Young Moko, finds herself travelling through time and space in this stunning digital animation on Space Place's full-dome screen which explores the value of indigenous knowledge and early cultural practices in Pasifika, Māori and European navigation.
The viewer follows Moko, expertly performed by Reina Stephens of Te Rarawa as she gains knowledge and understanding of voyaging traditions and realises how skilled her ancestors had to be, to traverse the largest ocean on Earth.
Anton Carter, Executive Producer and Public Programmes Manager at Experience Wellington says Ngā Tohunga Whakatere: The Navigators tells a story of the arrival of two cultures to this one land. "This is a story that uses our history to examine our future. A story that uses historical reference points provided by two cultures to navigate towards a shared horizon."
The launch of the Ngā Tohunga Whakatere: The Navigators on October 2 is the culmination of many years’ work for Haritina Mogoșanu, Creative Producer and Public Programmes Manager at Space Place, who developed the concept. " The knowledge we have from studying the stars has made extraordinary achievements, possible - not just scientific ones but also personal. Our message to our tamariki is; learn your science and be our explorers for the future."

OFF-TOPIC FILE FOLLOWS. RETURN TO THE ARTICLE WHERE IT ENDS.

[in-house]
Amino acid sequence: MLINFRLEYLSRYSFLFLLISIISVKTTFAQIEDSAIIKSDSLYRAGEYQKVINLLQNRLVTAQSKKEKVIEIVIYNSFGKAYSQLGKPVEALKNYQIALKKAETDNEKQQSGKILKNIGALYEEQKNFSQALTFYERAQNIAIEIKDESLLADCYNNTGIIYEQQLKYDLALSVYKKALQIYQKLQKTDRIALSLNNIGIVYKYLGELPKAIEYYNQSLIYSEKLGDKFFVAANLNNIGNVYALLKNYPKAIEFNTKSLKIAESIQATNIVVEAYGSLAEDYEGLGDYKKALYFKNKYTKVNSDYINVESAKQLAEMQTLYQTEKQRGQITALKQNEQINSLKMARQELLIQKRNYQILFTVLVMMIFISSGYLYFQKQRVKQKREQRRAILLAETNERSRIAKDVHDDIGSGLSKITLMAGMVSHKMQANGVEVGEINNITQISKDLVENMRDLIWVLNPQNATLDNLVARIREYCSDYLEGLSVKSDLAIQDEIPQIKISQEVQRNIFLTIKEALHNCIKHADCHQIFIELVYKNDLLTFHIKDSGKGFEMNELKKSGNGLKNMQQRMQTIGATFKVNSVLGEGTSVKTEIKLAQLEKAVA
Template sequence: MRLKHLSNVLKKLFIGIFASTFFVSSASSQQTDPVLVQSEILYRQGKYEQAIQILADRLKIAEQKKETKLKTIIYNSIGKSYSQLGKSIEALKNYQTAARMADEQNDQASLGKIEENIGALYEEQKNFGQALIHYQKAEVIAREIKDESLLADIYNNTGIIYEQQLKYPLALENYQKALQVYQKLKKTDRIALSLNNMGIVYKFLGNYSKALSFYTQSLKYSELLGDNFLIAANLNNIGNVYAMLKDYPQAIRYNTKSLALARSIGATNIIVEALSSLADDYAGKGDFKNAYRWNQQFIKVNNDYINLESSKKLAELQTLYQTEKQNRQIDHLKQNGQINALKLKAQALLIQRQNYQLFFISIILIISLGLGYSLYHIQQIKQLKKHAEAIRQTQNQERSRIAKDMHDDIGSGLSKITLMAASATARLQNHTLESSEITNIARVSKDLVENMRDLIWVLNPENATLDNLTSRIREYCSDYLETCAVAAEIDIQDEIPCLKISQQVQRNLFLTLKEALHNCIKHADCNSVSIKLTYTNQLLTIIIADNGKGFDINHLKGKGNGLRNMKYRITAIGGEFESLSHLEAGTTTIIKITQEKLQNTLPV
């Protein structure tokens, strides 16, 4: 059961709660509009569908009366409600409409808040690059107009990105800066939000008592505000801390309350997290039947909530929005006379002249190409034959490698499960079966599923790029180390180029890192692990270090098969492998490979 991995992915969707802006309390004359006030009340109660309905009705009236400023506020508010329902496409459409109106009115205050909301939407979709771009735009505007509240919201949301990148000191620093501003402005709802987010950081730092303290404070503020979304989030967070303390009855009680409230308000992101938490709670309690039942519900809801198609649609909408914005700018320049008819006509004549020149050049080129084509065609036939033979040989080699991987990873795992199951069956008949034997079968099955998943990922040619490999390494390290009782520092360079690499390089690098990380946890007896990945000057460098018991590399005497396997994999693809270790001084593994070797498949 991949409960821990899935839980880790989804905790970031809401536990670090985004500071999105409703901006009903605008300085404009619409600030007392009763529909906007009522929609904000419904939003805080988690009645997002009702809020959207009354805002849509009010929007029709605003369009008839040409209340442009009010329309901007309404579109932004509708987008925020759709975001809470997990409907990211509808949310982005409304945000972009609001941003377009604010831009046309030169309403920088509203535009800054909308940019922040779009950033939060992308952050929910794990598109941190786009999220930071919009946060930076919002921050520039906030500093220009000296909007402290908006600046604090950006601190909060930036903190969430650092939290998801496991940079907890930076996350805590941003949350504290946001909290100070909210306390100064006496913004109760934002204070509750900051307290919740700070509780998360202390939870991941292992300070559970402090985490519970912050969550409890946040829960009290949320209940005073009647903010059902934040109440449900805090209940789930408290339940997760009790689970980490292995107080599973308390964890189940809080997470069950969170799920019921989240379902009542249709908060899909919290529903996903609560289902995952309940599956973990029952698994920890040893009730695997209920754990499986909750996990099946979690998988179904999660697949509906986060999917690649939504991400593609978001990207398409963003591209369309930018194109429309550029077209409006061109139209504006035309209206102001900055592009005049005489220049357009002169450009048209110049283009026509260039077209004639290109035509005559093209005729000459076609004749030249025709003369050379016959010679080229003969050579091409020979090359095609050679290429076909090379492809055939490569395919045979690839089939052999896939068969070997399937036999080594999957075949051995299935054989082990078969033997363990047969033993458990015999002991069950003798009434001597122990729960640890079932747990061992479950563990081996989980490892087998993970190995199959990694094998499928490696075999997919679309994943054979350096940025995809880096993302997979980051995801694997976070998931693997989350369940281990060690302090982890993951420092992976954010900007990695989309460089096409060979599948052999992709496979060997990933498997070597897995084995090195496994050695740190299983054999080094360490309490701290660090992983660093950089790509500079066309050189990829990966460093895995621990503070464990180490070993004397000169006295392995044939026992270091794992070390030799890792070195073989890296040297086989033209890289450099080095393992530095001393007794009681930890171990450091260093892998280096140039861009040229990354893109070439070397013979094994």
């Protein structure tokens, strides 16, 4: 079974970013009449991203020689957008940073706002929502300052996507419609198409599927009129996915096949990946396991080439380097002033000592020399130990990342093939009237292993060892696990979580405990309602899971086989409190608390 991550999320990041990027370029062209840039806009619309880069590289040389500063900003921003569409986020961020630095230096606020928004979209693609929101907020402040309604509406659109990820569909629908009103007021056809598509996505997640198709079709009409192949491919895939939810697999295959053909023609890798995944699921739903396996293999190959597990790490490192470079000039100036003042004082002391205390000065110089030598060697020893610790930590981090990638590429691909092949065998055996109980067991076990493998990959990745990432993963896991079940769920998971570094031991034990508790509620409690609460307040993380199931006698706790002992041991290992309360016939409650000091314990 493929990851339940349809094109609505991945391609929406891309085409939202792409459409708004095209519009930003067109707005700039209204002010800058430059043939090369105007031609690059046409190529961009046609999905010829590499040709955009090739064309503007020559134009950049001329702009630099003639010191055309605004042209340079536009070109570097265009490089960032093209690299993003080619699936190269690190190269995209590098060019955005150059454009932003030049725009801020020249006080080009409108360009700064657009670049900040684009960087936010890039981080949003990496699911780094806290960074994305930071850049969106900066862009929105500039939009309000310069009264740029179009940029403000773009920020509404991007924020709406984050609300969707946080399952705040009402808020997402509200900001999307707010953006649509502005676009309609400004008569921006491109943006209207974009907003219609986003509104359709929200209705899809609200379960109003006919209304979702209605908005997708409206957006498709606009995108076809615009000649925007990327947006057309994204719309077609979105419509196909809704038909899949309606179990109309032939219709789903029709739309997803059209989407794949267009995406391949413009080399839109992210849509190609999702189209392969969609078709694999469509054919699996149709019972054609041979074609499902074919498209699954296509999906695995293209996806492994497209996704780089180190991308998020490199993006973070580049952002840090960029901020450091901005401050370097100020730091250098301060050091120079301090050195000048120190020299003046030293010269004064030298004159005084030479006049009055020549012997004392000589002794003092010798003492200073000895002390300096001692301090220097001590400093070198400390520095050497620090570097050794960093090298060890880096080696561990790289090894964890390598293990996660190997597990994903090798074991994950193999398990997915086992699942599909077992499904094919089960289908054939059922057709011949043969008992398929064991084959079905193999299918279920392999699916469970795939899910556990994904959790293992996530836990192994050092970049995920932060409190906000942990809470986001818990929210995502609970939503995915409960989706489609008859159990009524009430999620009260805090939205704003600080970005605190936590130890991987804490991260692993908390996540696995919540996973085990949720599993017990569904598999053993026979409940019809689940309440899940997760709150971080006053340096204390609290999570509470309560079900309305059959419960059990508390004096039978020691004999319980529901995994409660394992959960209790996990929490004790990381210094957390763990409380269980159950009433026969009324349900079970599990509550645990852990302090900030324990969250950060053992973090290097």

The production has been carefully crafted with tikanga, cultural and navigational expertise including Pacific Master Navigator Jack Thatcher (Ngāti Ranginui, Ngāi Te Rangi, Ngāti Pūkenga, Te Aitanga-a-Hauiti, Ngāti Awa) and Specialist Naval Navigator Commander David Hedgley, along with Pou Tikanga Joe Harawira (Ngāi Te Rangi, Ngāti Awa, Ngāti Maniapoto, Tuhourangi) and Tahitian advisor Ena Manuireva.
Directed by Lala Rolls, Ngā Tohunga Whakatere: The Navigators has also drawn heavily on the creative talents of Wellington including a team of animators under the creative direction of John Strang, production expertise and production facilities at Park Road Post and the Miramar Creative Centre with its motion capture studio.
“It’s a real celebration of Pasifika navigation, that also shares how European navigators like Abel Tasman and Captain Cook came to Aotearoa and the science they employed to sail here,” says Lala.
“It’s very much embedded in tikanga Māori, and engages cultural investigation, from research, to scripting, music, animation and motion capture."
The soundtrack was recorded in a collaborative live musical session, conducted by Riki Gooch, with voice acting and sound mix at Park Road Post in Wellington. A powerful karakia welcomes viewers at the beginning with Pacific sounds, including drumming woven through the musical score.
Ngā Tohunga Whakatere - The Navigators will screen at Space Place from Saturday, October 2 including daily during the school holidays. The project was supported by Lottery Tuia – Encounters 250 as well as The Lion Foundation.
Suitable for ages 8+. Under Covid Level 2 booking is advised with seating restrictions in place. Go to TheNavigators.spaceplace.nz for tickets.